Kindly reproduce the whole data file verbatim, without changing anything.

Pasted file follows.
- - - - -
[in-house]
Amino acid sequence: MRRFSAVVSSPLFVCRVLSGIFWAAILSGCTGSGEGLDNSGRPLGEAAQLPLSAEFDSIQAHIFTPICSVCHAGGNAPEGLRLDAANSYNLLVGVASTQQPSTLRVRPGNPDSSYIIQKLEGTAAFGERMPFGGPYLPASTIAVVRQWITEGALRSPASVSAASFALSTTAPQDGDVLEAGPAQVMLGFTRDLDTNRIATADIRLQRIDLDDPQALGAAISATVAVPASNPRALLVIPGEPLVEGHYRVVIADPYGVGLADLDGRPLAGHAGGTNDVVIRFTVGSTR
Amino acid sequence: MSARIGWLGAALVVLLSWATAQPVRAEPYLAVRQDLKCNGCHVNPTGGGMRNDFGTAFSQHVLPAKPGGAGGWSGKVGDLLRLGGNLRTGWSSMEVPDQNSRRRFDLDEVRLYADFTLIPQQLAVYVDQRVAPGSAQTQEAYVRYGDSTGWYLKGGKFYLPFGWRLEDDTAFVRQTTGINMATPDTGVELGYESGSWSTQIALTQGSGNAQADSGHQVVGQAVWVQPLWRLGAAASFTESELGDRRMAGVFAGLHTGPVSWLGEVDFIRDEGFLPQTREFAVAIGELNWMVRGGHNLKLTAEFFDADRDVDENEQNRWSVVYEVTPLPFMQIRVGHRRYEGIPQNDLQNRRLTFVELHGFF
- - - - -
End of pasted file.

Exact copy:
[in-house]
Amino acid sequence: MRRFSAVVSSPLFVCRVLSGIFWAAILSGCTGSGEGLDNSGRPLGEAAQLPLSAEFDSIQAHIFTPICSVCHAGGNAPEGLRLDAANSYNLLVGVASTQQPSTLRVRPGNPDSSYIIQKLEGTAAFGERMPFGGPYLPASTIAVVRQWITEGALRSPASVSAASFALSTTAPQDGDVLEAGPAQVMLGFTRDLDTNRIATADIRLQRIDLDDPQALGAAISATVAVPASNPRALLVIPGEPLVEGHYRVVIADPYGVGLADLDGRPLAGHAGGTNDVVIRFTVGSTR
Amino acid sequence: MSARIGWLGAALVVLLSWATAQPVRAEPYLAVRQDLKCNGCHVNPTGGGMRNDFGTAFSQHVLPAKPGGAGGWSGKVGDLLRLGGNLRTGWSSMEVPDQNSRRRFDLDEVRLYADFTLIPQQLAVYVDQRVAPGSAQTQEAYVRYGDSTGWYLKGGKFYLPFGWRLEDDTAFVRQTTGINMATPDTGVELGYESGSWSTQIALTQGSGNAQADSGHQVVGQAVWVQPLWRLGAAASFTESELGDRRMAGVFAGLHTGPVSWLGEVDFIRDEGFLPQTREFAVAIGELNWMVRGGHNLKLTAEFFDADRDVDENEQNRWSVVYEVTPLPFMQIRVGHRRYEGIPQNDLQNRRLTFVELHGFF